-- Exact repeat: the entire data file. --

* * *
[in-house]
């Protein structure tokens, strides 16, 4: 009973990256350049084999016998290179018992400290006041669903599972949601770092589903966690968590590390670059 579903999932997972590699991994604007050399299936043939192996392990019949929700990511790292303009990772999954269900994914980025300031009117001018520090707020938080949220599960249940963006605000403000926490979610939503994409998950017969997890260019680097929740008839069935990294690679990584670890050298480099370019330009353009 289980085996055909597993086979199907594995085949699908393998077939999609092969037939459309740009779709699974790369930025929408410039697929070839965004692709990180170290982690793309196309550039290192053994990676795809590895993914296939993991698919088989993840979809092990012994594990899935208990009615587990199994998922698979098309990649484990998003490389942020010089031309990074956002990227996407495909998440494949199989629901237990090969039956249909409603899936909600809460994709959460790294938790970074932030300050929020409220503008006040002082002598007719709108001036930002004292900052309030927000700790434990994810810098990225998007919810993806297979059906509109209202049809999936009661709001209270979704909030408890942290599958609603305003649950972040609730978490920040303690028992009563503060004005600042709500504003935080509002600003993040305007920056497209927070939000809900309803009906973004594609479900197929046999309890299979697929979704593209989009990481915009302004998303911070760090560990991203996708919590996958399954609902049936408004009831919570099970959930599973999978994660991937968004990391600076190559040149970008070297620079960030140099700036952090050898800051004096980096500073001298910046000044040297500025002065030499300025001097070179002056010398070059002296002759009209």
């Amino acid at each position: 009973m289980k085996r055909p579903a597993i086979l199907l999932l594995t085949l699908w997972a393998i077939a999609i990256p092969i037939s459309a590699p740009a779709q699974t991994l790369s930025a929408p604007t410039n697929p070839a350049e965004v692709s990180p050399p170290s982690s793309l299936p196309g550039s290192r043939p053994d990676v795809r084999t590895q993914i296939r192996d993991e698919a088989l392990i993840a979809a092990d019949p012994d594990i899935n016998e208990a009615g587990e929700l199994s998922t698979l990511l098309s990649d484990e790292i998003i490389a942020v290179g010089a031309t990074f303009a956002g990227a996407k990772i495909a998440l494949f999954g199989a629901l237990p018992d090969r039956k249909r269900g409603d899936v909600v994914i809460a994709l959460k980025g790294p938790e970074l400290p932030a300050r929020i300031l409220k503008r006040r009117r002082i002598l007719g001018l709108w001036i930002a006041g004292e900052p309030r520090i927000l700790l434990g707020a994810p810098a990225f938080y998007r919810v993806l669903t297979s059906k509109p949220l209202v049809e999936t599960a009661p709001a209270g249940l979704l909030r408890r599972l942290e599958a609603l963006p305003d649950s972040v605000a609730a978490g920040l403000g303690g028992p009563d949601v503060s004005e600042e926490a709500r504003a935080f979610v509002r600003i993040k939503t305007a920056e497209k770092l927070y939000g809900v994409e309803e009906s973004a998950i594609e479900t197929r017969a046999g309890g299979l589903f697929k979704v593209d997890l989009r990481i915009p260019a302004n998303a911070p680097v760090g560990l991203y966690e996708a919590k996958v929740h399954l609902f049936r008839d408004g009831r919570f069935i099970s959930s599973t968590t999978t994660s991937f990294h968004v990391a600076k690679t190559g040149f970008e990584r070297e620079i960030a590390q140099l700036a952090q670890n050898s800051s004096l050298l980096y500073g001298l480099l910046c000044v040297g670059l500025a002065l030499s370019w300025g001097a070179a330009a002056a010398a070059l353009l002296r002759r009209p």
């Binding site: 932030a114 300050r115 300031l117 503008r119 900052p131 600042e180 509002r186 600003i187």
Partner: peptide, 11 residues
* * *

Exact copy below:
[in-house]
């Protein structure tokens, strides 16, 4: 009973990256350049084999016998290179018992400290006041669903599972949601770092589903966690968590590390670059 579903999932997972590699991994604007050399299936043939192996392990019949929700990511790292303009990772999954269900994914980025300031009117001018520090707020938080949220599960249940963006605000403000926490979610939503994409998950017969997890260019680097929740008839069935990294690679990584670890050298480099370019330009353009 289980085996055909597993086979199907594995085949699908393998077939999609092969037939459309740009779709699974790369930025929408410039697929070839965004692709990180170290982690793309196309550039290192053994990676795809590895993914296939993991698919088989993840979809092990012994594990899935208990009615587990199994998922698979098309990649484990998003490389942020010089031309990074956002990227996407495909998440494949199989629901237990090969039956249909409603899936909600809460994709959460790294938790970074932030300050929020409220503008006040002082002598007719709108001036930002004292900052309030927000700790434990994810810098990225998007919810993806297979059906509109209202049809999936009661709001209270979704909030408890942290599958609603305003649950972040609730978490920040303690028992009563503060004005600042709500504003935080509002600003993040305007920056497209927070939000809900309803009906973004594609479900197929046999309890299979697929979704593209989009990481915009302004998303911070760090560990991203996708919590996958399954609902049936408004009831919570099970959930599973999978994660991937968004990391600076190559040149970008070297620079960030140099700036952090050898800051004096980096500073001298910046000044040297500025002065030499300025001097070179002056010398070059002296002759009209």
């Amino acid at each position: 009973m289980k085996r055909p579903a597993i086979l199907l999932l594995t085949l699908w997972a393998i077939a999609i990256p092969i037939s459309a590699p740009a779709q699974t991994l790369s930025a929408p604007t410039n697929p070839a350049e965004v692709s990180p050399p170290s982690s793309l299936p196309g550039s290192r043939p053994d990676v795809r084999t590895q993914i296939r192996d993991e698919a088989l392990i993840a979809a092990d019949p012994d594990i899935n016998e208990a009615g587990e929700l199994s998922t698979l990511l098309s990649d484990e790292i998003i490389a942020v290179g010089a031309t990074f303009a956002g990227a996407k990772i495909a998440l494949f999954g199989a629901l237990p018992d090969r039956k249909r269900g409603d899936v909600v994914i809460a994709l959460k980025g790294p938790e970074l400290p932030a300050r929020i300031l409220k503008r006040r009117r002082i002598l007719g001018l709108w001036i930002a006041g004292e900052p309030r520090i927000l700790l434990g707020a994810p810098a990225f938080y998007r919810v993806l669903t297979s059906k509109p949220l209202v049809e999936t599960a009661p709001a209270g249940l979704l909030r408890r599972l942290e599958a609603l963006p305003d649950s972040v605000a609730a978490g920040l403000g303690g028992p009563d949601v503060s004005e600042e926490a709500r504003a935080f979610v509002r600003i993040k939503t305007a920056e497209k770092l927070y939000g809900v994409e309803e009906s973004a998950i594609e479900t197929r017969a046999g309890g299979l589903f697929k979704v593209d997890l989009r990481i915009p260019a302004n998303a911070p680097v760090g560990l991203y966690e996708a919590k996958v929740h399954l609902f049936r008839d408004g009831r919570f069935i099970s959930s599973t968590t999978t994660s991937f990294h968004v990391a600076k690679t190559g040149f970008e990584r070297e620079i960030a590390q140099l700036a952090q670890n050898s800051s004096l050298l980096y500073g001298l480099l910046c000044v040297g670059l500025a002065l030499s370019w300025g001097a070179a330009a002056a010398a070059l353009l002296r002759r009209p």
């Binding site: 932030a114 300050r115 300031l117 503008r119 900052p131 600042e180 509002r186 600003i187």
Partner: peptide, 11 residues